Stories of salespeople going from rags to riches are a dime a dozen. And books chronicling abuse and recovery often seem overly congratulatory and hazily constructed, with the most harrowing parts excised.
After reading all of the ways that Robert Radcliffe managed to almost kill himself before the ripe old age of 22, however, I’d say 180 Degrees stands out as something a bit different. Radcliffe, or “Robert R.” as his nom de guerre reads, writes about being a dropout addict who became a dealer to support his habit. He shares some pretty shameful stories, giving readers a believable inner narrative to go along with them. He explains the thinking behind what must have seemed like the erratic behavior of a crazy person, without requesting pity or subjecting readers to self-flagellation.
The book is split into two parts, one chronicling addiction and the other recovery. The first half of the book is addictive if only in terms of shock value and sheer honesty. Radcliffe exposes some pretty awful things done by a kid who was once deathly afraid of doctors’ office needles and who swore he’d never do drugs. As Radcliffe admits his self-destructiveness stemmed partly from the fact that he “never believed [he] would make it to adulthood,” you find yourself wondering how he did.
The second half of the book explains in detail the difficulties not only of recovery from addiction, but also how hard it is to break into real estate. You thought your rookie year was hard? Well, Radcliffe didn’t know how to turn on a computer. It took him hours to type up one letter. He couldn’t afford his own phone, so roommates would answer Radcliffe’s business calls “in their lazy gangster slang, ‘Yo, what up.’” His gross income for his first year in real estate “was a whopping $3,500.”
Yet, as the book’s jacket promises, Radcliffe makes a cool million by the time he turns 30. The actions he credits for his success may not shock anyone (long days, discipline, perseverance). However, the fact that this same guy spent years unable to keep a needle out of his arm for any real amount of time does make his steadfast commitment to real estate all the more admirable. He shares goal setting strategies and nuggets he’s gleaned from those who have inspired him, but he also seems inspired by the industry itself:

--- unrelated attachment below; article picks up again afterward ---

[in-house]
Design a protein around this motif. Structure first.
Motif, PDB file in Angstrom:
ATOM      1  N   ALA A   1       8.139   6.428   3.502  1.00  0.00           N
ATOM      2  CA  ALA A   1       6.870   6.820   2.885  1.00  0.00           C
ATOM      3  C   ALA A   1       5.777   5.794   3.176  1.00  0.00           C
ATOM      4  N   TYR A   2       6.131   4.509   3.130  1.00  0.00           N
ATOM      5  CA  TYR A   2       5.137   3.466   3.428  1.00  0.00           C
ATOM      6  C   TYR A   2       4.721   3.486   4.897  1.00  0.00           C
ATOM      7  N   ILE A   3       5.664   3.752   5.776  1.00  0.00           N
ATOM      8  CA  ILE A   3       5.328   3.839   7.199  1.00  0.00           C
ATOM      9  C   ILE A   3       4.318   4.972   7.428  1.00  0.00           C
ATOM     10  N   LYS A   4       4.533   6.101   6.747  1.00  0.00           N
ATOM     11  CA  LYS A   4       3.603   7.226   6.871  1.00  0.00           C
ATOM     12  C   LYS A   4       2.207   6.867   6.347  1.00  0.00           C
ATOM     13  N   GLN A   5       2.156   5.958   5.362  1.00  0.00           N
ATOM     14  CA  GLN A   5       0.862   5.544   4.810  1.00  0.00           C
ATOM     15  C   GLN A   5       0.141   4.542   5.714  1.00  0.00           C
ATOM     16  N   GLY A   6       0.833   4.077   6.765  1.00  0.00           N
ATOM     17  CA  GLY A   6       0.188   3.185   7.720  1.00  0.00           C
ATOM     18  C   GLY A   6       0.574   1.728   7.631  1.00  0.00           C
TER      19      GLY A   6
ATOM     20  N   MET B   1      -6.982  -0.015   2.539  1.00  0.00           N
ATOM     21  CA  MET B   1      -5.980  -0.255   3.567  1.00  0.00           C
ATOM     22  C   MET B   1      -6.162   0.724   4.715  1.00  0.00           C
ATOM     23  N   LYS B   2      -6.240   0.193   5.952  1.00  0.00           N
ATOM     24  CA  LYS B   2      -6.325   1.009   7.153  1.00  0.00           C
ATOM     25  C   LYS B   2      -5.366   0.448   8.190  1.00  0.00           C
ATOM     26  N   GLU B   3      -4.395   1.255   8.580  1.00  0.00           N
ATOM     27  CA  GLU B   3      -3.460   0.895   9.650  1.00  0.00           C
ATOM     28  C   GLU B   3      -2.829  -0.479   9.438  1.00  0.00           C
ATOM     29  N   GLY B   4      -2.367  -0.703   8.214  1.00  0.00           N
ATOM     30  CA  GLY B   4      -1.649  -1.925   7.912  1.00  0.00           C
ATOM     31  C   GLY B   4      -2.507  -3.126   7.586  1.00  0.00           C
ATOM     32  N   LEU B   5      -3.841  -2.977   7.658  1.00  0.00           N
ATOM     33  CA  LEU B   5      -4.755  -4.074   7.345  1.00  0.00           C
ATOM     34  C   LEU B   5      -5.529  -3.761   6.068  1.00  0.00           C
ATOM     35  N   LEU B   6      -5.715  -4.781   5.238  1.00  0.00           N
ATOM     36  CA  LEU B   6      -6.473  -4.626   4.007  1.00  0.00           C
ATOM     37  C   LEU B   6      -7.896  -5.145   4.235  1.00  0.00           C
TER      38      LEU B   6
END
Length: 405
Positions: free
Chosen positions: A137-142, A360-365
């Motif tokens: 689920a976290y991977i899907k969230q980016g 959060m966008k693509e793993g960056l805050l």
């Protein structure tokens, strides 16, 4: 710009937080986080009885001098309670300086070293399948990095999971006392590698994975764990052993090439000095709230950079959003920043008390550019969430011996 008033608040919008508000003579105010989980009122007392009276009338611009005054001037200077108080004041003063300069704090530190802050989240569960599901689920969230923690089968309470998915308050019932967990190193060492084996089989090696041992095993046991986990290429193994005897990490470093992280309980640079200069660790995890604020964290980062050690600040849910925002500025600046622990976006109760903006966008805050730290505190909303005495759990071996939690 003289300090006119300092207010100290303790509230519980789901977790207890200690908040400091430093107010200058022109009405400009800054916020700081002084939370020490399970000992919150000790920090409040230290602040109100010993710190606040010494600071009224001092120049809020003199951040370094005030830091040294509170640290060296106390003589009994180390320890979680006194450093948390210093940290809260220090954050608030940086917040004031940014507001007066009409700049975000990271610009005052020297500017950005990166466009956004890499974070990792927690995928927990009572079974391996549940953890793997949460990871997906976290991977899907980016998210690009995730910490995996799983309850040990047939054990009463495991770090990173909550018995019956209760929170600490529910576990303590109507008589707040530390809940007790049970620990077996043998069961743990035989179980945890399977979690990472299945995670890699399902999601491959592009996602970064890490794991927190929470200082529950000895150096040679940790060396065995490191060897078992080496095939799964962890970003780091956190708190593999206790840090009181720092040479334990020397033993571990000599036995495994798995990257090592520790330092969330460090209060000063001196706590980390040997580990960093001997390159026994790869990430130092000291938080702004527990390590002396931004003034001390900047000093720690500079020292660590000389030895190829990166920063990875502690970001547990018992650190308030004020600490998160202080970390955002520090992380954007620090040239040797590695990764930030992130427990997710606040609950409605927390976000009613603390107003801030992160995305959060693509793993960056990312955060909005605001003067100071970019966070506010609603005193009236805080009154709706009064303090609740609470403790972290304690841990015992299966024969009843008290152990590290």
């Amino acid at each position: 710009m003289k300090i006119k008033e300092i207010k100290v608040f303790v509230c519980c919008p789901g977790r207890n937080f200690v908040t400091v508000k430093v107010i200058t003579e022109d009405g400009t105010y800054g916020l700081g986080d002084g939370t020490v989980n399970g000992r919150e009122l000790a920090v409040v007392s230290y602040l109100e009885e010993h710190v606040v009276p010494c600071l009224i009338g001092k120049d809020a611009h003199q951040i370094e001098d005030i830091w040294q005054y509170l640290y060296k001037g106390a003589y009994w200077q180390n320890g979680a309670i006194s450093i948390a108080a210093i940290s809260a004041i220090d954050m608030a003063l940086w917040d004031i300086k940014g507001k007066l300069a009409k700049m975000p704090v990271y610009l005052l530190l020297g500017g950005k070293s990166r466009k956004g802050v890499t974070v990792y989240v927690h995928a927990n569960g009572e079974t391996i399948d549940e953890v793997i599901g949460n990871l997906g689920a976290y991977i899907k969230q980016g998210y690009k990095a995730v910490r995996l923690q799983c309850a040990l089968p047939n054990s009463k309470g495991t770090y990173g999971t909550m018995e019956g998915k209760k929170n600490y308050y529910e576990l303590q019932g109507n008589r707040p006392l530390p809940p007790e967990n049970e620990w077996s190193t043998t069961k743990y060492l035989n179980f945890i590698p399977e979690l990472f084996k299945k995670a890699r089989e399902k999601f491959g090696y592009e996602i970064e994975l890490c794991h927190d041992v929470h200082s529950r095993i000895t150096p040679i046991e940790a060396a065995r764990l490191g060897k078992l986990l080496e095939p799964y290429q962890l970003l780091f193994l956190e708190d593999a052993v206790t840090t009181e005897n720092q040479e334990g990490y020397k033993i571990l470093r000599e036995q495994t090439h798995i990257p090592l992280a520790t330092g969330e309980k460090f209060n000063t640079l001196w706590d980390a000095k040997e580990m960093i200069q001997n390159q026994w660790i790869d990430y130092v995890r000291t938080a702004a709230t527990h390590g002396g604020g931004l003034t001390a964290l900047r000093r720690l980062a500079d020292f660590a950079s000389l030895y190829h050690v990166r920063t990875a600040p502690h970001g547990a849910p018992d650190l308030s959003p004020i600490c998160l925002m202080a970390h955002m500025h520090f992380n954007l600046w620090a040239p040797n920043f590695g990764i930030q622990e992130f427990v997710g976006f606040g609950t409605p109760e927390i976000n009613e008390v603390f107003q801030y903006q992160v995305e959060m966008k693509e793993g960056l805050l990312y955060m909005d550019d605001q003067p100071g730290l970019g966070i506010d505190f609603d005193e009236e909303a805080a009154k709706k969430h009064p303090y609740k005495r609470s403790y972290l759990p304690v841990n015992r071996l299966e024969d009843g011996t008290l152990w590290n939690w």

Real estate agents help people realize their dream of owning a home. They also help families make moves that often positively affect their lives. I have a better understanding of the incredible services I bring to people’s lives now, and it has definitely changed my opinion of the job.
This memoir may not be for everyone. Radcliffe’s style is very casual and it’s clear he writes how he speaks (or spoke, depending on the part of the book you’re in). This can be both engrossing and distracting. While the book does contain a lot of Alcoholics Anonymous-style language, Radcliffe uses the afterword to address the sometimes dismissive attitude that this association can bring, and does his best to help people who may resist recovery because of it get past their preconceptions.
Alongside a harrowing, personal story, Radcliffe includes a helpful list of resources for people who may need treatment for addiction, along with questions to consider when choosing a recovery method. For those looking to mimic his meteoric success in real estate, Radcliffe augments his advice with what he calls “The Eight Equities,” and a recommended reading list.